The incredible momentum of Grand Funk showed no signs of stopping as they reached the end of 1974 with their second album of the year, their ninth studio release and their 11th LP to chart in just over five years. The album in question, with plenty of exclamation marks in the title and even more muscles rippling on the cover, was All The Girls In The World Beware!!! It entered the Billboard chart on December 21, 1974.
It was the band’s second studio album in the space of nine months, and is part of a sequence in which all of their first 11 long players to make the bestsellers are now certified at least gold in America, three platinum and two multi-platinum. Where the March 1974 release Shinin’ On had been produced by Todd Rundgren, All The Girls was helmed by Jimmy Ienner and introduced by another of Grand Funk’s big covers.
Shinin’ On was driven by the band’s No.1 remake of Little Eva’s “The Loco-motion,” and now came their rocking interpretation of “Some Kind Of Wonderful.” Rather than the often-covered Gerry Goffin/Carole King song, associated among others with the Drifters from their R&B Top 10 version, this was the number written by John Ellison, who recorded it with his group Soul Brothers Six in 1967.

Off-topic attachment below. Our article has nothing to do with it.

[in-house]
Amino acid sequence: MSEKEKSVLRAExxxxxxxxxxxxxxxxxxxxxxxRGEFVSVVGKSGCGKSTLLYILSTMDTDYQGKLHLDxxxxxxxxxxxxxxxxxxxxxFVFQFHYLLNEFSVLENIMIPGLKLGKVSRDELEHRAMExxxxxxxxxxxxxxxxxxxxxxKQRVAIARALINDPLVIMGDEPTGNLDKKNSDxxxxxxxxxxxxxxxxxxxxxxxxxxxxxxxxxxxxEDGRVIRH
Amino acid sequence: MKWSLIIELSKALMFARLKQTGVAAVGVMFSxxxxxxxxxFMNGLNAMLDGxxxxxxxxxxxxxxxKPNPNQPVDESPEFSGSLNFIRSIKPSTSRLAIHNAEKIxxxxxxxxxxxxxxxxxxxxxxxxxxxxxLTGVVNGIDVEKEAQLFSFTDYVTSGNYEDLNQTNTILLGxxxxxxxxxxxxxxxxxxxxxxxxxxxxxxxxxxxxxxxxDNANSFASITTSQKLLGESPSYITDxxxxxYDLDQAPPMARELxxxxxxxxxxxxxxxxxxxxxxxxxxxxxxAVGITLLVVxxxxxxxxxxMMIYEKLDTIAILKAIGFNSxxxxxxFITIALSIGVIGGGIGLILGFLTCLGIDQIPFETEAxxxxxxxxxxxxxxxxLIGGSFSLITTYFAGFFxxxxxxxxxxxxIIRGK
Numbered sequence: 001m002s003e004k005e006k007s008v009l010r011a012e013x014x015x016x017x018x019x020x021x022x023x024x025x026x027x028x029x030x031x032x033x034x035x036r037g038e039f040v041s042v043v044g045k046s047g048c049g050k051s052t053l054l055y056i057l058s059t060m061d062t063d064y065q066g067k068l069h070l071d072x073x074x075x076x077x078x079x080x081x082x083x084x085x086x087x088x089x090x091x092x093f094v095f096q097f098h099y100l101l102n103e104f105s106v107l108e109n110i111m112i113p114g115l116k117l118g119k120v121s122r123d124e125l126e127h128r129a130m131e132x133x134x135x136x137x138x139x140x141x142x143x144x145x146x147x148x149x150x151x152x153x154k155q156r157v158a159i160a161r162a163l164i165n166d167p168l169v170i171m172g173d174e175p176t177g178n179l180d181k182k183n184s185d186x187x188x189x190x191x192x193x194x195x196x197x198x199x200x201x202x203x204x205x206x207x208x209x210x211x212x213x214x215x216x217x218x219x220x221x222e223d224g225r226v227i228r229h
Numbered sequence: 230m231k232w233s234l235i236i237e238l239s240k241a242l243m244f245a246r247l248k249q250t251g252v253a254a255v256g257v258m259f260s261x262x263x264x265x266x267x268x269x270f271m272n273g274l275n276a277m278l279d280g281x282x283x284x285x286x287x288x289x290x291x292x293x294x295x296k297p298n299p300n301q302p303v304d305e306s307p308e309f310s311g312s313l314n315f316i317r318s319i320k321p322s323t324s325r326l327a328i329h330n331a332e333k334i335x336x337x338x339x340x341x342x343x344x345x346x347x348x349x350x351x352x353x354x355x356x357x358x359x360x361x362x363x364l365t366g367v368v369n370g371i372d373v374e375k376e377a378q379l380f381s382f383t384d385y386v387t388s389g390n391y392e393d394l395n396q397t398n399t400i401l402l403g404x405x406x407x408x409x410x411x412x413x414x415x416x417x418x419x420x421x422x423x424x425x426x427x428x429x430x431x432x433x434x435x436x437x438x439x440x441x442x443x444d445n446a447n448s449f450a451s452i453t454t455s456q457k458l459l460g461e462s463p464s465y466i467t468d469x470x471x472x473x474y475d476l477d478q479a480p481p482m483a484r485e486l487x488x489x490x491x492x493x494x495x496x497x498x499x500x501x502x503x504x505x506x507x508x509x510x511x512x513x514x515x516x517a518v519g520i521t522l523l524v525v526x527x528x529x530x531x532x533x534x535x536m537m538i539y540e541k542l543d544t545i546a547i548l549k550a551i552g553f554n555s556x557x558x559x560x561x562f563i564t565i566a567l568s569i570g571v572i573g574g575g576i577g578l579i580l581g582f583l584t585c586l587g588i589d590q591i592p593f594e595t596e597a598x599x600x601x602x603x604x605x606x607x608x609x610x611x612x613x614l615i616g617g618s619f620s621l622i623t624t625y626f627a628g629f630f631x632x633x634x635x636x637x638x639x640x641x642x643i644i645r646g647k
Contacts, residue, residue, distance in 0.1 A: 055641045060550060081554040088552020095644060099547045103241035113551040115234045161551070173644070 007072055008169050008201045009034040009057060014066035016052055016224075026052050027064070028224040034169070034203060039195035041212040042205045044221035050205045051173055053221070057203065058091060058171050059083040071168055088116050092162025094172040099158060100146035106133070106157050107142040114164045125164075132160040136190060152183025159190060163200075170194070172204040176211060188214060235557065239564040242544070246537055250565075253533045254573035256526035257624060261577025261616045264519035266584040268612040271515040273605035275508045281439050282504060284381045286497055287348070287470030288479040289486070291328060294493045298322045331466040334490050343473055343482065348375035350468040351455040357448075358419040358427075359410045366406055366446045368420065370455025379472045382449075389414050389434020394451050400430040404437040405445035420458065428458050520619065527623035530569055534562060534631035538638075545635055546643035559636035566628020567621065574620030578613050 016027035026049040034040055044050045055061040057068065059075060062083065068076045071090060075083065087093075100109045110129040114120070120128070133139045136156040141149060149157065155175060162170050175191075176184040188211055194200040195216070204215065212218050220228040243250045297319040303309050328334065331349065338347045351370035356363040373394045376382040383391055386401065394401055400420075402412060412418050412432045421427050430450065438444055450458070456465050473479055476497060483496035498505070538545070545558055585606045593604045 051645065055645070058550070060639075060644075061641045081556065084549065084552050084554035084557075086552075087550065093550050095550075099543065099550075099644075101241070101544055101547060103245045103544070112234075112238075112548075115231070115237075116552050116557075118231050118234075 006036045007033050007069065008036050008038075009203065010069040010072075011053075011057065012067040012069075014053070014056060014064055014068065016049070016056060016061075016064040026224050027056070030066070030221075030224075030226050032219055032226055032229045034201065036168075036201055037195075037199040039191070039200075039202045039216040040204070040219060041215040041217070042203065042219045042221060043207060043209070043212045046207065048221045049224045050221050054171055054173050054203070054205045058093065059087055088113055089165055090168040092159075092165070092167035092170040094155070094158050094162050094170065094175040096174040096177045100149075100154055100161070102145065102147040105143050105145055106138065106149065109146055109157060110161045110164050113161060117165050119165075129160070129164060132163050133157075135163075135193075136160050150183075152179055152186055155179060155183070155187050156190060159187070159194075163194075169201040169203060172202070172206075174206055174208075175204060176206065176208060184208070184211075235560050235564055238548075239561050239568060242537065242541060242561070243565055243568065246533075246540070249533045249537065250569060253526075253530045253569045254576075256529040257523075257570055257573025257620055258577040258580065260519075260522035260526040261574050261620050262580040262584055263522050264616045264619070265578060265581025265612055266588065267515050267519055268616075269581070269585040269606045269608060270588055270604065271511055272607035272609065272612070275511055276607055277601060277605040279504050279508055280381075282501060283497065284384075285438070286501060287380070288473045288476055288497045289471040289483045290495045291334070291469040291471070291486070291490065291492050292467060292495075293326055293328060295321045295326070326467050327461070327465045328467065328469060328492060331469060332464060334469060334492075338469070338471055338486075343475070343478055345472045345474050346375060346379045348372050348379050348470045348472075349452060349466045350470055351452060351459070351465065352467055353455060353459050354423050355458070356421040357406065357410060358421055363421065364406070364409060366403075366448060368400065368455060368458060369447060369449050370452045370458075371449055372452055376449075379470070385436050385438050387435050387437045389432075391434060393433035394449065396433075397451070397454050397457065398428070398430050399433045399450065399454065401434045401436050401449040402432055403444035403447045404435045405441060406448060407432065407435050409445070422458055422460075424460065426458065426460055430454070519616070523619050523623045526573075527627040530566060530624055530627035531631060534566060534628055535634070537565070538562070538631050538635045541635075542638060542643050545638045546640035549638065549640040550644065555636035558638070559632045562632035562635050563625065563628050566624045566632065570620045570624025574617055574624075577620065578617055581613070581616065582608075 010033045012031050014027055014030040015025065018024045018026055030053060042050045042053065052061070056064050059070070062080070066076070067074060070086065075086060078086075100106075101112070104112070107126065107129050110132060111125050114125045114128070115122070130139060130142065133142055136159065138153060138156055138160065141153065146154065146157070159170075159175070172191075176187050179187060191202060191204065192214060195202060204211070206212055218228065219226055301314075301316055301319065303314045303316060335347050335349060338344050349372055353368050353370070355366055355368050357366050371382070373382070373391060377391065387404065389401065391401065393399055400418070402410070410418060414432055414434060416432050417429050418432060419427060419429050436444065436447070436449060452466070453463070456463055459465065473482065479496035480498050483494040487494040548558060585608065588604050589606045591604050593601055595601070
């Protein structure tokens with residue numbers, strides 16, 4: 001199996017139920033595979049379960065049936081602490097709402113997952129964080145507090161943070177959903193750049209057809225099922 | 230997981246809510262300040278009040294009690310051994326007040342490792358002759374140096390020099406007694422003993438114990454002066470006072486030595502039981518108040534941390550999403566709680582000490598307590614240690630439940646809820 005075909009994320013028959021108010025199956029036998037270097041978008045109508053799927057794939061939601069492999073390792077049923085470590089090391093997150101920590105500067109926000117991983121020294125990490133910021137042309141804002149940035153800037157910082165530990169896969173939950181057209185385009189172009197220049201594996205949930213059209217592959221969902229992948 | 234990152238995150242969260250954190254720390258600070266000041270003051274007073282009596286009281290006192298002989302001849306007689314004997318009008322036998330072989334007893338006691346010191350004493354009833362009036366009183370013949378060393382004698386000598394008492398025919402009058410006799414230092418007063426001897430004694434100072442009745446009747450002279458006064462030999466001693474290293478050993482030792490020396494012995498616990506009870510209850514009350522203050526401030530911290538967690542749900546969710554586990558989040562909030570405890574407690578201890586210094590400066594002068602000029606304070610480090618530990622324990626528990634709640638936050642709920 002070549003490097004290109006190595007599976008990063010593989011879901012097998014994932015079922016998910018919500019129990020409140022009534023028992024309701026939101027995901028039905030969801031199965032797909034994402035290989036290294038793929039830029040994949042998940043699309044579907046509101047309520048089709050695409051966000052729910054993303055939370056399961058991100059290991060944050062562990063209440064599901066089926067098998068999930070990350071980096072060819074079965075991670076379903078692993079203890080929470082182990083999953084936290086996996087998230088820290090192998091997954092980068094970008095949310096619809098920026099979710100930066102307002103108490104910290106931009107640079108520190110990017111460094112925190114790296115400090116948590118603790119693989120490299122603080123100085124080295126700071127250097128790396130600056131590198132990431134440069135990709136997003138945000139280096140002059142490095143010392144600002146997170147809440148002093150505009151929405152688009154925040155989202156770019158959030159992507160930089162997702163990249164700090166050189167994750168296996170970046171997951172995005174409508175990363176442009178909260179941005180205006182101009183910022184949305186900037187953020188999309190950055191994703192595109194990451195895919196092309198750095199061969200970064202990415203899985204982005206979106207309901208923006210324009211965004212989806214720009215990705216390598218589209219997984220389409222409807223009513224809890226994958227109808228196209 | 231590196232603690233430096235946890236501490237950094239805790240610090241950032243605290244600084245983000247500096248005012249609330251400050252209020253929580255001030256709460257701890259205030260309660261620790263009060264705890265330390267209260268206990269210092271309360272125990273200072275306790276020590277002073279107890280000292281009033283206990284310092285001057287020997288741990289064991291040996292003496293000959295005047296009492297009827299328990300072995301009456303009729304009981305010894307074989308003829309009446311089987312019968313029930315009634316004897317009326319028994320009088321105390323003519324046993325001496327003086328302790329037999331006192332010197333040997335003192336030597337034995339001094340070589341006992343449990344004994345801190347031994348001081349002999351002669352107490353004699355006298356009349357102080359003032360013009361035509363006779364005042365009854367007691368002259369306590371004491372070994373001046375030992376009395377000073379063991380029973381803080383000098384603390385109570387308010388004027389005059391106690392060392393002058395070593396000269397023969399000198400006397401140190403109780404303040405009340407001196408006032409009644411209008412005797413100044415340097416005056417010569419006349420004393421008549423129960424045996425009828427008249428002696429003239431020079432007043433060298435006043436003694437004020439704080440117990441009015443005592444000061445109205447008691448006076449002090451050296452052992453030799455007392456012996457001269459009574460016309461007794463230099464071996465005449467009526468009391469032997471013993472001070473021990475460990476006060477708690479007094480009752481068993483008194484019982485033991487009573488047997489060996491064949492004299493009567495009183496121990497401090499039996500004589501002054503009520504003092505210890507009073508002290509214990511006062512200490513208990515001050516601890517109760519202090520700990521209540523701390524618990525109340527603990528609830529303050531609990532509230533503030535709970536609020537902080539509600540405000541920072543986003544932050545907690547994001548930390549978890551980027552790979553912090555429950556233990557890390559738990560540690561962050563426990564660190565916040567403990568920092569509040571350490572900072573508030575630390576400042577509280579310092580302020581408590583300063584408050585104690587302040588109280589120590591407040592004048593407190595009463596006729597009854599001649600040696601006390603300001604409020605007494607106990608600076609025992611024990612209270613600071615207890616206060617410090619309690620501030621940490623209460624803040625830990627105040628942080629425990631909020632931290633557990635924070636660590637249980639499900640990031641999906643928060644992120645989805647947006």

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That recording only reached No.91 on the US singles chart, and a cover the next year by the Fantastic Johnny C peaked at No.87. Grand Funk saw the chance to seize the big hit, and their reading of “Wonderful” duly reached No.3. That was followed by a Mark Farner original, “Bad Time,” which became the second single from Girls and another big 45, reaching No.4.
The album featured five other songs written or co-written by Farner, and a cover of Howard Tate’s 1960s R&B tune written by Jerry Ragovoy and Mort Schuman, “Look At Granny Run Run.” The string arrangements on the LP were by Tony Camillo, who had co-produced and arranged Gladys Knight and the Pips’ Grammy-winning “Midnight Train To Georgia.” Camillo would have some chart glory of his own in 1975 when the dance single “Dynomite,” credited to Tony Camillo’s Bazuka and released on A&M, hit the US Top 10.
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